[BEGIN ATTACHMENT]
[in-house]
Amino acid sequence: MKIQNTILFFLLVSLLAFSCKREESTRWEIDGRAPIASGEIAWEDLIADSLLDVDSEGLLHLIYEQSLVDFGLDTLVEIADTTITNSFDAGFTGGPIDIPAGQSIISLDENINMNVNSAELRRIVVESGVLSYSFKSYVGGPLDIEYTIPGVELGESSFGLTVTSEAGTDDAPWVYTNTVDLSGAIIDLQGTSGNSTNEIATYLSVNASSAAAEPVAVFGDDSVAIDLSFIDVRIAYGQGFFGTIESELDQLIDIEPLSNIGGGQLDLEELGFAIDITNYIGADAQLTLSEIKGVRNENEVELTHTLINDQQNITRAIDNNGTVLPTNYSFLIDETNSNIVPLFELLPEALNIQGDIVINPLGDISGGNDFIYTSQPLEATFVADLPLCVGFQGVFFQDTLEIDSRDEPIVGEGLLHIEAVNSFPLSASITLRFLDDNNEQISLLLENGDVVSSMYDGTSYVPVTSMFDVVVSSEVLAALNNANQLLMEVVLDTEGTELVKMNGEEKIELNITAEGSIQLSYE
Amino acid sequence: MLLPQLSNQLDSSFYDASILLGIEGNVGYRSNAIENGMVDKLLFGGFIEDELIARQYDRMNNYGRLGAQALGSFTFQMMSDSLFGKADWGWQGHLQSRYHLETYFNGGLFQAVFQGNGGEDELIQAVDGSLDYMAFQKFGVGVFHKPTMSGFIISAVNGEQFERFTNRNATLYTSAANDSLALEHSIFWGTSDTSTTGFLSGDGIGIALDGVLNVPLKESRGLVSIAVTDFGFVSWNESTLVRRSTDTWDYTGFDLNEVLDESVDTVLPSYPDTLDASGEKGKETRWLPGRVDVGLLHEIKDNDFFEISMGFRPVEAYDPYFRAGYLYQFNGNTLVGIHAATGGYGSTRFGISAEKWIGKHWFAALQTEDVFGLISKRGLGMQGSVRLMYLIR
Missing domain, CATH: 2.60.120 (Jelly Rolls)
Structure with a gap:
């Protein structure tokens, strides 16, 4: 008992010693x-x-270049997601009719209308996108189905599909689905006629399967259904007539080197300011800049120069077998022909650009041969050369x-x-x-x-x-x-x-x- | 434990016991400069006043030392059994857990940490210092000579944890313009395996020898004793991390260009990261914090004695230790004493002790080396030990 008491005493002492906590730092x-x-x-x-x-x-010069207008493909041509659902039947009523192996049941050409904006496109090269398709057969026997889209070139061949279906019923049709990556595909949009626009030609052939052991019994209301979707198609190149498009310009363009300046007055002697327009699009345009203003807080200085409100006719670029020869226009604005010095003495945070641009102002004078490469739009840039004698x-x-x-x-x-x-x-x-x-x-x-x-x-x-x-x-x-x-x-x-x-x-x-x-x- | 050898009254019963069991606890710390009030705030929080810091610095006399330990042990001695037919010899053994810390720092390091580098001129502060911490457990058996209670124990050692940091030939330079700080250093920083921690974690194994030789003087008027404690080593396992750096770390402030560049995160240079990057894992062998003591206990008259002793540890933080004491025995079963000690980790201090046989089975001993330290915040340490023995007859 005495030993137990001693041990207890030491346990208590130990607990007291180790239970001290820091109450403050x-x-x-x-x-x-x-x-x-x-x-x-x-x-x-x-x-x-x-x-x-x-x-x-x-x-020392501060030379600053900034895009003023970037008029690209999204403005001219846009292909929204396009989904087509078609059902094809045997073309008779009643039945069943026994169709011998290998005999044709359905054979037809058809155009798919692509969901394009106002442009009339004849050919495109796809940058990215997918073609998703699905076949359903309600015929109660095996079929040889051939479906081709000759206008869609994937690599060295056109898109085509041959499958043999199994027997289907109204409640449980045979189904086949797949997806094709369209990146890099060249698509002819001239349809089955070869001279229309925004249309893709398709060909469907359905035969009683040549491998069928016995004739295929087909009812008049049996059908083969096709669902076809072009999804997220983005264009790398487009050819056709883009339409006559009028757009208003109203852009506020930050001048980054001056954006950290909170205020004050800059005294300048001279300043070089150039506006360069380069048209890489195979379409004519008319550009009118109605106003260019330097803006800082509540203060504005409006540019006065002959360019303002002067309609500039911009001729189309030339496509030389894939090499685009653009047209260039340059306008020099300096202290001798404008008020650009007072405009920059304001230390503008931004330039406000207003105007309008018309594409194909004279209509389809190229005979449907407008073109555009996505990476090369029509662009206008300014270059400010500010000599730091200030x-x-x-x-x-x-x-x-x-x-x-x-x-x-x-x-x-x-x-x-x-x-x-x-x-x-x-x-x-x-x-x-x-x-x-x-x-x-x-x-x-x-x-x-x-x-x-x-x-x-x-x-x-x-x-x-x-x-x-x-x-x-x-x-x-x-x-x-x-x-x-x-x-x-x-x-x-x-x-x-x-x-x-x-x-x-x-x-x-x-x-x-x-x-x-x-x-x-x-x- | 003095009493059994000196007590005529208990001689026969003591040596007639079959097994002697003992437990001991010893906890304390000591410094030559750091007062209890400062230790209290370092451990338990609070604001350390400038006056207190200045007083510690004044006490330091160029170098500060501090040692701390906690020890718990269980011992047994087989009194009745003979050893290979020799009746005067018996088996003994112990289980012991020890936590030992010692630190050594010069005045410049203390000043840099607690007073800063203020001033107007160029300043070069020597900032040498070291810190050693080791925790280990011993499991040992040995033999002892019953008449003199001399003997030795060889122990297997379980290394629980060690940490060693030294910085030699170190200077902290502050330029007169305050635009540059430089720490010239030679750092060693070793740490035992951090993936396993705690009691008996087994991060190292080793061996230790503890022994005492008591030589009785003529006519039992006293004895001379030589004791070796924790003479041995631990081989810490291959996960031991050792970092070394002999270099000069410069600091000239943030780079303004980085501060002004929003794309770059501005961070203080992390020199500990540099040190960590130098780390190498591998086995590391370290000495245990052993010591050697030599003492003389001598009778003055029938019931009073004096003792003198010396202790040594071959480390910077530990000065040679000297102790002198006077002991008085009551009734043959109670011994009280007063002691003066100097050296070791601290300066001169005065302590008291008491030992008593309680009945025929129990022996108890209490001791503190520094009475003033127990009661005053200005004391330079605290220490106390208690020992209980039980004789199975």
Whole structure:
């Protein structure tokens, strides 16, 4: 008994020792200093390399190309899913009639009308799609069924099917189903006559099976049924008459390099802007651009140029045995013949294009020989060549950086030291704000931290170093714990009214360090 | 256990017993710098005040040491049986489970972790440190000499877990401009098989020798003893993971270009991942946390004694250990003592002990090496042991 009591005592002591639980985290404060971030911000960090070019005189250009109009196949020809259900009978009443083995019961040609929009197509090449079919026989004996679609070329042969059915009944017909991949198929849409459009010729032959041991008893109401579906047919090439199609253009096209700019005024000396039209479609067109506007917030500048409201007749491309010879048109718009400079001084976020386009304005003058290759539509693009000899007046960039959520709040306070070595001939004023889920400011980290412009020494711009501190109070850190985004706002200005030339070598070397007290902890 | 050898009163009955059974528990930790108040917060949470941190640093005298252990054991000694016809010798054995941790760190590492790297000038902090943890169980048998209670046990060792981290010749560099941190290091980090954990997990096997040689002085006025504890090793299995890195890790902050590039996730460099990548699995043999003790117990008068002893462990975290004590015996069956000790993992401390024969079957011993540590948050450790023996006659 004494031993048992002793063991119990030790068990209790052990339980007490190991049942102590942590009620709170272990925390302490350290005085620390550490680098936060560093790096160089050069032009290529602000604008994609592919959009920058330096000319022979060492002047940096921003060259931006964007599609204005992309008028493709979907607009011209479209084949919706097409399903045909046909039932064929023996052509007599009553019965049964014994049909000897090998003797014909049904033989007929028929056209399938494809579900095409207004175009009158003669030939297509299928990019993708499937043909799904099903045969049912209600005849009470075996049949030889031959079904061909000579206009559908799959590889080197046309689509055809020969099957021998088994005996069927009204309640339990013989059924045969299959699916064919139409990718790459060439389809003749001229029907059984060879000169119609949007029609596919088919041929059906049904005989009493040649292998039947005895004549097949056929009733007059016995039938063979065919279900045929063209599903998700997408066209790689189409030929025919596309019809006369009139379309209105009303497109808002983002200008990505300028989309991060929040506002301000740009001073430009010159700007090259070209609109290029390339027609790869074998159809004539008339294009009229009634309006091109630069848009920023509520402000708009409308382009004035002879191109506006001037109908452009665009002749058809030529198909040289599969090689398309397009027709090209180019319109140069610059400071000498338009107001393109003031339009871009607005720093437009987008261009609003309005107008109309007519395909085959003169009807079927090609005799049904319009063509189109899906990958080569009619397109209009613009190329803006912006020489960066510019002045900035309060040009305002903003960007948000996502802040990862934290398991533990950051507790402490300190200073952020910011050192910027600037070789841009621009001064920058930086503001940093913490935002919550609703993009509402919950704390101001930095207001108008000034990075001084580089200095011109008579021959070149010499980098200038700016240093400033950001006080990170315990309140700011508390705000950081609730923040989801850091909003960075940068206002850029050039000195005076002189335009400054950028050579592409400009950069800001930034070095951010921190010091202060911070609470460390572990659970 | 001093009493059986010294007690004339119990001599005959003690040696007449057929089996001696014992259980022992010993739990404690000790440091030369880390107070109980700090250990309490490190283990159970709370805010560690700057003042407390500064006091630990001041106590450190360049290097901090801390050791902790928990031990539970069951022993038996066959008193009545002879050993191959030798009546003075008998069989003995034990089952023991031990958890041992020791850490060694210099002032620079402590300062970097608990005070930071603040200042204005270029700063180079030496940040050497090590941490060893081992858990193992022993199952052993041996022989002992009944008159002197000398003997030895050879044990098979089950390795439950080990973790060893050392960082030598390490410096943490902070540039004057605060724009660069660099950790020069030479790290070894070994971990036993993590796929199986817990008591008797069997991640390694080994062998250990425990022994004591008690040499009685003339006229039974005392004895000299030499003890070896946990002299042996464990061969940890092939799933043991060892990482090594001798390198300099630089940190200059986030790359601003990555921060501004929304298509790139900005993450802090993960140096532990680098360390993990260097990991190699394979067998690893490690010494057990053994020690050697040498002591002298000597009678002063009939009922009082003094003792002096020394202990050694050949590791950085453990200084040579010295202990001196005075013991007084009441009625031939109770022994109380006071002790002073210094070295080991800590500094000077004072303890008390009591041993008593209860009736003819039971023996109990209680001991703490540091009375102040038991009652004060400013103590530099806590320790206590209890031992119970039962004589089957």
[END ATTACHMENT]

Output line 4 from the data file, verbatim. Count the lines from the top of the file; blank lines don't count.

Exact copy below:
Missing domain, CATH: 2.60.120 (Jelly Rolls)